Country music sensation Mickey Guyton has been named Time Magazine’s 2022 Breakthrough Artist of the Year. She is the inaugural winner of the prestigious honor.
Ever since her arrival on the scene, Guyton has skyrocketed into superstardom and has taken country music to new heights with her unique sound that infuses the genre with pop and R&B influences.
Her debut album, Remember Her Name, was released in September 2021 to rave reviews. Moreover, Guyton made history as the first Black nominee for Best Country Album at the Grammys.
This year, Guyton has performed on several high-profile stages, including A Capitol Fourth in Washington D.C., onstage with Metallica at Global Citizen Festival in New York, and at the Nashville Symphony. Her rendition of the National Anthem at Super Bowl LVI was seen by over 110 million viewers.
“It was the most nervous I’ve ever been,” Guyton said describing her Super Bowl performance. “I felt like I was about to give birth for the first time or walk down the aisle and get married to the wrong guy.”
“To be honest, it’s really hard right now with what’s going on in this country,” she said. “I wanted to be proud of singing the national anthem. So if you had noticed the choir, it was really important to show what I saw America as. We chose someone with a disability, a Black trans woman, an Asian man.”
Always committed to speaking her truth, Guyton has not been shy about critiquing the world of country music for its long history of racism. She’s been open about her struggles to receive radio play and that all the progress that was made in 2020 around race injustice has almost disappeared in the industry.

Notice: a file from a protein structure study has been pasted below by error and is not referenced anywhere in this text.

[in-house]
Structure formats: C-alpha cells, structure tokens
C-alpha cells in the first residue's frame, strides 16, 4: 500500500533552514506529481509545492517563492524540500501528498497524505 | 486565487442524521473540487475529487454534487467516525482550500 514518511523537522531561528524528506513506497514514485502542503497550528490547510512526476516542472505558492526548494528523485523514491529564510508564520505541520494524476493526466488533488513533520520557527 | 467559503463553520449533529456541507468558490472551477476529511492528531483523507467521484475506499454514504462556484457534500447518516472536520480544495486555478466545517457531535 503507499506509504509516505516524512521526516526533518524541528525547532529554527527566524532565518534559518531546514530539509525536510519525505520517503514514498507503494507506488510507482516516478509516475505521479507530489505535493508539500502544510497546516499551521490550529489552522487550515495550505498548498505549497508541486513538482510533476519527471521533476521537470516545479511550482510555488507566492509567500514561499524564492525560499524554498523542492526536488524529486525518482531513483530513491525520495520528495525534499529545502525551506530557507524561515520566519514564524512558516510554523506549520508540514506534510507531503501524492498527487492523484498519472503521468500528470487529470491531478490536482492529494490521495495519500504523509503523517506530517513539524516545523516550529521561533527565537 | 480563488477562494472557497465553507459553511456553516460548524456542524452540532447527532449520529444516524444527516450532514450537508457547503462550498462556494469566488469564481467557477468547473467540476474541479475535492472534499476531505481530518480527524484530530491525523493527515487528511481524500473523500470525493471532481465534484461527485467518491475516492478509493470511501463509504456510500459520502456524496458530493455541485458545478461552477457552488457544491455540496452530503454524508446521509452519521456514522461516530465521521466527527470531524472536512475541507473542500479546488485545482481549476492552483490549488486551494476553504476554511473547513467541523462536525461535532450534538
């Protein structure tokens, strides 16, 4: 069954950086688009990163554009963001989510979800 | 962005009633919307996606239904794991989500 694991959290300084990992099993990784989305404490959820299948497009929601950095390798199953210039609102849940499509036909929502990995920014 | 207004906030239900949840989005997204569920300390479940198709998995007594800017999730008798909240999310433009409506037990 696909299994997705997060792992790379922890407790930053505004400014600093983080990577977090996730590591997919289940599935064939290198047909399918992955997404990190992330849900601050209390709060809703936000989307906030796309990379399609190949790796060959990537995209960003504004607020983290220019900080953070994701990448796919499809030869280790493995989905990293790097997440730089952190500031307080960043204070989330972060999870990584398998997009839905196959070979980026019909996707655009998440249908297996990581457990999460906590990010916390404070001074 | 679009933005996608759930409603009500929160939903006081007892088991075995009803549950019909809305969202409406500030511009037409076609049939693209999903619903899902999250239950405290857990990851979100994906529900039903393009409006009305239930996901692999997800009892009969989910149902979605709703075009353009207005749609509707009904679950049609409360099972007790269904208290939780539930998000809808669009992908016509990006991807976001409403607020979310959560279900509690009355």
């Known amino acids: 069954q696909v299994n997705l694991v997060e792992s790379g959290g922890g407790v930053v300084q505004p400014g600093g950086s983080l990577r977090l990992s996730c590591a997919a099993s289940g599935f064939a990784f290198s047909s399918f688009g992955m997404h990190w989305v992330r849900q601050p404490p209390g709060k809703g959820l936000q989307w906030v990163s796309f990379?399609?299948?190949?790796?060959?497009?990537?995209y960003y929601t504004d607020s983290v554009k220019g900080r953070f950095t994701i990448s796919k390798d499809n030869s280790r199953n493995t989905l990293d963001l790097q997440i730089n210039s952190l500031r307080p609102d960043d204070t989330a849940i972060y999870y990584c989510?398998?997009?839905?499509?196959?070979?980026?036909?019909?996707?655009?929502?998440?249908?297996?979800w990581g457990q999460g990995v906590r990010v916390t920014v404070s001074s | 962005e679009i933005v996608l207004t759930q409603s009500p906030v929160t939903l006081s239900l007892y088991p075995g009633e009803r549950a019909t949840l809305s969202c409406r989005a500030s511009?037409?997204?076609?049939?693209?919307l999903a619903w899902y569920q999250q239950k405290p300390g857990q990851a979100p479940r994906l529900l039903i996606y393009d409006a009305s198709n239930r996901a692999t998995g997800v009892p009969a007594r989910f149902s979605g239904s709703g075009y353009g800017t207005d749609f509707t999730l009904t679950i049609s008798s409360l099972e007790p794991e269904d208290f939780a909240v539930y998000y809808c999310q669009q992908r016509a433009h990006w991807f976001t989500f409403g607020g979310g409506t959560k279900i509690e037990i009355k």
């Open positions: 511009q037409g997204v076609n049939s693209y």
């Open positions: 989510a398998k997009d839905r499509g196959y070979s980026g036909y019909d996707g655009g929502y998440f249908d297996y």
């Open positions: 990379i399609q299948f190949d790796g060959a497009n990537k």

“I am seeing it very much going back to your regularly scheduled programming, and that’s something I’m scared about,” she explained.
She also spoke about the sexism that still runs rampant in country music circles. So far in 2022, only white males have had No. 1 songs on the Billboard Country Charts.
“There are a lot more Black country artists that have loved the genre but didn’t think there was a space for them that are migrating to Nashville and trying to have careers,” she continued. “But if you study the country-music charts, they’re against women and people of color.”
Guyton’s newest song “I Still Pray,” was written in response to the mass shooting at a Buffalo grocery store this past May. She said that the tragedy sparked her creativity as she tried to make sense of it all.
“I was so affected by it. And with everything happening, with two shootings happening in the same week, this song has an importance right now because I literally don’t have the answers. I’ve spent so many years outraged by everything and I don’t have the ability to be outraged anymore because it’s so exhausting,” she said.
Despite the challenges she’s encountered as a Black woman in a space dominated by white men, Guyton’s meteoric rise cannot be denied and she is primed to be a superstar in country music and beyond for years to come. LeAnn Rimes, one of her idols, with whom she collaborated with this year, gave her glowing endorsement.
“Mickey is coming into her own authenticity as a country artist and writing about her personal heartaches and triumphs, speaking from her heart and spirit, and pushing against the tide of conventionality,” Rimes said. “That is what country music needs to always be about.”